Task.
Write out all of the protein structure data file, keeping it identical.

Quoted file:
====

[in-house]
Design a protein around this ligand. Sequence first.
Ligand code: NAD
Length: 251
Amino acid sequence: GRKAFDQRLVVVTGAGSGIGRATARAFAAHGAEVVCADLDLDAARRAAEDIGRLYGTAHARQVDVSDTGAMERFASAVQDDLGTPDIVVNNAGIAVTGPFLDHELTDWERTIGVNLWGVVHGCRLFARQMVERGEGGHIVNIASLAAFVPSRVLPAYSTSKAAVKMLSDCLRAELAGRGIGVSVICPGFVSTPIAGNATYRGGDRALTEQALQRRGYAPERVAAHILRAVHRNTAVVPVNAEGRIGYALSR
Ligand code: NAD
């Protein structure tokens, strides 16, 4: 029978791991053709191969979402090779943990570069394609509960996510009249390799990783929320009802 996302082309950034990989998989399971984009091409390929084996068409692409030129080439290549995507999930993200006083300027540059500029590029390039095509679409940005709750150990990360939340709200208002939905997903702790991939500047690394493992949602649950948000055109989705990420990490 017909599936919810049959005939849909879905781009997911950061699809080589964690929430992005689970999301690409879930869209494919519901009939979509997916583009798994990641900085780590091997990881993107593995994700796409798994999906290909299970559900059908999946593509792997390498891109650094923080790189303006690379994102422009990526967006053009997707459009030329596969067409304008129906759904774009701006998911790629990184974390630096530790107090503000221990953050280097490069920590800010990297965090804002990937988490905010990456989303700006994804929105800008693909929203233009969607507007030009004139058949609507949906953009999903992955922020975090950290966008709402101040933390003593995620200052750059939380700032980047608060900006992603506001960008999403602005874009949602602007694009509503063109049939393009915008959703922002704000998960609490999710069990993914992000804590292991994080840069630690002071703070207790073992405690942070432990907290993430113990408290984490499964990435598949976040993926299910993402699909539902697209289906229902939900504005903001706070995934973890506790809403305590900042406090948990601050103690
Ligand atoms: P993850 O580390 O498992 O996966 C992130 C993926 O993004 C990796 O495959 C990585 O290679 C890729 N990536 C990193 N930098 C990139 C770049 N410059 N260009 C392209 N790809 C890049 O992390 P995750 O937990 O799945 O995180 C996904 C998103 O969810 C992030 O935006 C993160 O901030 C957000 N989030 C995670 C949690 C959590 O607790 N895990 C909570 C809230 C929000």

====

[in-house]
Design a protein around this ligand. Sequence first.
Ligand code: NAD
Length: 251
Amino acid sequence: GRKAFDQRLVVVTGAGSGIGRATARAFAAHGAEVVCADLDLDAARRAAEDIGRLYGTAHARQVDVSDTGAMERFASAVQDDLGTPDIVVNNAGIAVTGPFLDHELTDWERTIGVNLWGVVHGCRLFARQMVERGEGGHIVNIASLAAFVPSRVLPAYSTSKAAVKMLSDCLRAELAGRGIGVSVICPGFVSTPIAGNATYRGGDRALTEQALQRRGYAPERVAAHILRAVHRNTAVVPVNAEGRIGYALSR
Ligand code: NAD
């Protein structure tokens, strides 16, 4: 029978791991053709191969979402090779943990570069394609509960996510009249390799990783929320009802 996302082309950034990989998989399971984009091409390929084996068409692409030129080439290549995507999930993200006083300027540059500029590029390039095509679409940005709750150990990360939340709200208002939905997903702790991939500047690394493992949602649950948000055109989705990420990490 017909599936919810049959005939849909879905781009997911950061699809080589964690929430992005689970999301690409879930869209494919519901009939979509997916583009798994990641900085780590091997990881993107593995994700796409798994999906290909299970559900059908999946593509792997390498891109650094923080790189303006690379994102422009990526967006053009997707459009030329596969067409304008129906759904774009701006998911790629990184974390630096530790107090503000221990953050280097490069920590800010990297965090804002990937988490905010990456989303700006994804929105800008693909929203233009969607507007030009004139058949609507949906953009999903992955922020975090950290966008709402101040933390003593995620200052750059939380700032980047608060900006992603506001960008999403602005874009949602602007694009509503063109049939393009915008959703922002704000998960609490999710069990993914992000804590292991994080840069630690002071703070207790073992405690942070432990907290993430113990408290984490499964990435598949976040993926299910993402699909539902697209289906229902939900504005903001706070995934973890506790809403305590900042406090948990601050103690
Ligand atoms: P993850 O580390 O498992 O996966 C992130 C993926 O993004 C990796 O495959 C990585 O290679 C890729 N990536 C990193 N930098 C990139 C770049 N410059 N260009 C392209 N790809 C890049 O992390 P995750 O937990 O799945 O995180 C996904 C998103 O969810 C992030 O935006 C993160 O901030 C957000 N989030 C995670 C949690 C959590 O607790 N895990 C909570 C809230 C929000």